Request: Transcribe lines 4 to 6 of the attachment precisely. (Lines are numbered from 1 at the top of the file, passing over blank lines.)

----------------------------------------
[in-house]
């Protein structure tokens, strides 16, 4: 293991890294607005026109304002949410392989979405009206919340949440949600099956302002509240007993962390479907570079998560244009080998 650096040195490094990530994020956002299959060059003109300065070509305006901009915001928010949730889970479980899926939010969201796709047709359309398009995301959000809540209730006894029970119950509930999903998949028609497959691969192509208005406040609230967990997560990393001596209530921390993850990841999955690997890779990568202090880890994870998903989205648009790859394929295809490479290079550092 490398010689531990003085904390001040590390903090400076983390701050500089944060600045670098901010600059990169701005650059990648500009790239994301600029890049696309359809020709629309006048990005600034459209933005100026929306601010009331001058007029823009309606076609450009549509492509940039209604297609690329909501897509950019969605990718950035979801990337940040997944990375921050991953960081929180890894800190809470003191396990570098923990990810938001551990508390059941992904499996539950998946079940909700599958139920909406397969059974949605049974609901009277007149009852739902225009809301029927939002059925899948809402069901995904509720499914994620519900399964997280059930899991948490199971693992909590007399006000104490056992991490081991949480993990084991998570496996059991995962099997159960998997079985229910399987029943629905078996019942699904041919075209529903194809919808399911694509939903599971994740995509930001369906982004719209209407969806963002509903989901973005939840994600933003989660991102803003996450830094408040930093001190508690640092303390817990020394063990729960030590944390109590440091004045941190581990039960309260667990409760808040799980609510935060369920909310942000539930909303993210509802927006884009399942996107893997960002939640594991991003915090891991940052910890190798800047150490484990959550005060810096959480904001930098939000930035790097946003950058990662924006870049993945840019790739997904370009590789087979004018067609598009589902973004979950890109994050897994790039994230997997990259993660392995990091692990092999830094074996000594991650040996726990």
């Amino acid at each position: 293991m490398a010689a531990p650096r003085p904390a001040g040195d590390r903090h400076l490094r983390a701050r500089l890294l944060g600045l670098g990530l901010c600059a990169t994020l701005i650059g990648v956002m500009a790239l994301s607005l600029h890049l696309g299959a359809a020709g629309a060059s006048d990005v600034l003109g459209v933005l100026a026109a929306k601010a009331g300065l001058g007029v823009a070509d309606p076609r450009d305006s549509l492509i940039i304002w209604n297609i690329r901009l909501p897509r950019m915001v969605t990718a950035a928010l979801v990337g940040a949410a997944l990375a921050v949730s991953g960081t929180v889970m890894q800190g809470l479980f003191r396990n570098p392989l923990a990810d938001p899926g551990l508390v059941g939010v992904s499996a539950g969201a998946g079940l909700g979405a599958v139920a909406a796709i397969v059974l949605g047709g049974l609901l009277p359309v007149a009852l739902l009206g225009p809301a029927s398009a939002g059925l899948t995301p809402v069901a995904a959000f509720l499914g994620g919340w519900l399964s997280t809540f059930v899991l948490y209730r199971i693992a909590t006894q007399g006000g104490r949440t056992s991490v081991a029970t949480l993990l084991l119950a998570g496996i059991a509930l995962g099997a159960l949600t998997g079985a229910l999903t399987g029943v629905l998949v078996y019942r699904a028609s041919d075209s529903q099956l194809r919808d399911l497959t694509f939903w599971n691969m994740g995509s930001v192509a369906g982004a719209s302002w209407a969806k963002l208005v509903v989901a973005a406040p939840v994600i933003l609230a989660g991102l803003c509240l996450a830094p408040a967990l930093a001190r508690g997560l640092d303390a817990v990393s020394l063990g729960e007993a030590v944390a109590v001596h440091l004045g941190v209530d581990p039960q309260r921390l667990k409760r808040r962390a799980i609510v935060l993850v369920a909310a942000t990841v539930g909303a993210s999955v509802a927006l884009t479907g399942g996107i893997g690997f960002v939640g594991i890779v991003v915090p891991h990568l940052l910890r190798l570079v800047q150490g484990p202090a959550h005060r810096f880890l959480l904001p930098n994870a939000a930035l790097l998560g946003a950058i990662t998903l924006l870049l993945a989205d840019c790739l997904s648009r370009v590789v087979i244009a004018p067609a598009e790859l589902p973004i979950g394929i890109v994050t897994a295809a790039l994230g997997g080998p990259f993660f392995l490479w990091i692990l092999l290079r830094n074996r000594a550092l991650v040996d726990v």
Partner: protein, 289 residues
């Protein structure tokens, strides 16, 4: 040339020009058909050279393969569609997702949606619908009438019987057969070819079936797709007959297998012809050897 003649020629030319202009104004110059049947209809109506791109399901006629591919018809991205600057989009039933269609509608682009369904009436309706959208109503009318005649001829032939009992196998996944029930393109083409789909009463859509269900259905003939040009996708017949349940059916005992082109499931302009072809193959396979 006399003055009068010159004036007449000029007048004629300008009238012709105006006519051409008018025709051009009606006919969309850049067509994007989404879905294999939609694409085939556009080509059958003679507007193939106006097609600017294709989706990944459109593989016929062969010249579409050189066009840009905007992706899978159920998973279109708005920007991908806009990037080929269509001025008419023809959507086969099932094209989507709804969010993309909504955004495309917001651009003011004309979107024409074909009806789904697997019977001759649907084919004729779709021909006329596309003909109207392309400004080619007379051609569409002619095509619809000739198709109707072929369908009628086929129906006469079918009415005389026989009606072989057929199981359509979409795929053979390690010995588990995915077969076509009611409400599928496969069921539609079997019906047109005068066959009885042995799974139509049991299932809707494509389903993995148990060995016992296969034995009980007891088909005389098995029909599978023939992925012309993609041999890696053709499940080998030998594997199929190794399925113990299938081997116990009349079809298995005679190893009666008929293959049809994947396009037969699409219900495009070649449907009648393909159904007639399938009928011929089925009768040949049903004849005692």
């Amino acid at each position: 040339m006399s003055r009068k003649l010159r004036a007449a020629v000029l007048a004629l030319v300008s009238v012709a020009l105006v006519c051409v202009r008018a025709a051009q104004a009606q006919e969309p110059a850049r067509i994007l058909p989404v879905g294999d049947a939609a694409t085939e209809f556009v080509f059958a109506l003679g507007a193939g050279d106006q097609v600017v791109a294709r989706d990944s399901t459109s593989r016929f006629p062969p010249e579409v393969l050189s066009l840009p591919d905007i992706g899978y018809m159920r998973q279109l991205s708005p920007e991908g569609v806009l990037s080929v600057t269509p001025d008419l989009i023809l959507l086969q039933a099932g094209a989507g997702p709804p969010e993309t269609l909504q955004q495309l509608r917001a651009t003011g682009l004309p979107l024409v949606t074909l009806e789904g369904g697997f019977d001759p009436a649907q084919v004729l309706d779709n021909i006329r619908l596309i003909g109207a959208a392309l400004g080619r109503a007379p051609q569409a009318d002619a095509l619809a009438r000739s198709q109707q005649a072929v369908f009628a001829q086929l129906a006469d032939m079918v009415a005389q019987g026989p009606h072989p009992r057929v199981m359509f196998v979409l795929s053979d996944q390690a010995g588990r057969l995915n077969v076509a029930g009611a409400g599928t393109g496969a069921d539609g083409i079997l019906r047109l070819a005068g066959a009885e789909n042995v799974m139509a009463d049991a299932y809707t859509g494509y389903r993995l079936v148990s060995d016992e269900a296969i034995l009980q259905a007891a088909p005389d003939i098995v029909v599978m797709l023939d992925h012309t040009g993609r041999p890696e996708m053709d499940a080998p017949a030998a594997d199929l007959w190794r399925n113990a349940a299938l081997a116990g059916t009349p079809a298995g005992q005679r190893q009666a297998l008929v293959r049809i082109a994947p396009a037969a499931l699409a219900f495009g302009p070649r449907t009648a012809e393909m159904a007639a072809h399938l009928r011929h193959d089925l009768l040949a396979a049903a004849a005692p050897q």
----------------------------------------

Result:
Partner: protein, 289 residues
């Protein structure tokens, strides 16, 4: 040339020009058909050279393969569609997702949606619908009438019987057969070819079936797709007959297998012809050897 003649020629030319202009104004110059049947209809109506791109399901006629591919018809991205600057989009039933269609509608682009369904009436309706959208109503009318005649001829032939009992196998996944029930393109083409789909009463859509269900259905003939040009996708017949349940059916005992082109499931302009072809193959396979 006399003055009068010159004036007449000029007048004629300008009238012709105006006519051409008018025709051009009606006919969309850049067509994007989404879905294999939609694409085939556009080509059958003679507007193939106006097609600017294709989706990944459109593989016929062969010249579409050189066009840009905007992706899978159920998973279109708005920007991908806009990037080929269509001025008419023809959507086969099932094209989507709804969010993309909504955004495309917001651009003011004309979107024409074909009806789904697997019977001759649907084919004729779709021909006329596309003909109207392309400004080619007379051609569409002619095509619809000739198709109707072929369908009628086929129906006469079918009415005389026989009606072989057929199981359509979409795929053979390690010995588990995915077969076509009611409400599928496969069921539609079997019906047109005068066959009885042995799974139509049991299932809707494509389903993995148990060995016992296969034995009980007891088909005389098995029909599978023939992925012309993609041999890696053709499940080998030998594997199929190794399925113990299938081997116990009349079809298995005679190893009666008929293959049809994947396009037969699409219900495009070649449907009648393909159904007639399938009928011929089925009768040949049903004849005692």
């Amino acid at each position: 040339m006399s003055r009068k003649l010159r004036a007449a020629v000029l007048a004629l030319v300008s009238v012709a020009l105006v006519c051409v202009r008018a025709a051009q104004a009606q006919e969309p110059a850049r067509i994007l058909p989404v879905g294999d049947a939609a694409t085939e209809f556009v080509f059958a109506l003679g507007a193939g050279d106006q097609v600017v791109a294709r989706d990944s399901t459109s593989r016929f006629p062969p010249e579409v393969l050189s066009l840009p591919d905007i992706g899978y018809m159920r998973q279109l991205s708005p920007e991908g569609v806009l990037s080929v600057t269509p001025d008419l989009i023809l959507l086969q039933a099932g094209a989507g997702p709804p969010e993309t269609l909504q955004q495309l509608r917001a651009t003011g682009l004309p979107l024409v949606t074909l009806e789904g369904g697997f019977d001759p009436a649907q084919v004729l309706d779709n021909i006329r619908l596309i003909g109207a959208a392309l400004g080619r109503a007379p051609q569409a009318d002619a095509l619809a009438r000739s198709q109707q005649a072929v369908f009628a001829q086929l129906a006469d032939m079918v009415a005389q019987g026989p009606h072989p009992r057929v199981m359509f196998v979409l795929s053979d996944q390690a010995g588990r057969l995915n077969v076509a029930g009611a409400g599928t393109g496969a069921d539609g083409i079997l019906r047109l070819a005068g066959a009885e789909n042995v799974m139509a009463d049991a299932y809707t859509g494509y389903r993995l079936v148990s060995d016992e269900a296969i034995l009980q259905a007891a088909p005389d003939i098995v029909v599978m797709l023939d992925h012309t040009g993609r041999p890696e996708m053709d499940a080998p017949a030998a594997d199929l007959w190794r399925n113990a349940a299938l081997a116990g059916t009349p079809a298995g005992q005679r190893q009666a297998l008929v293959r049809i082109a994947p396009a037969a499931l699409a219900f495009g302009p070649r449907t009648a012809e393909m159904a007639a072809h399938l009928r011929h193959d089925l009768l040949a396979a049903a004849a005692p050897q």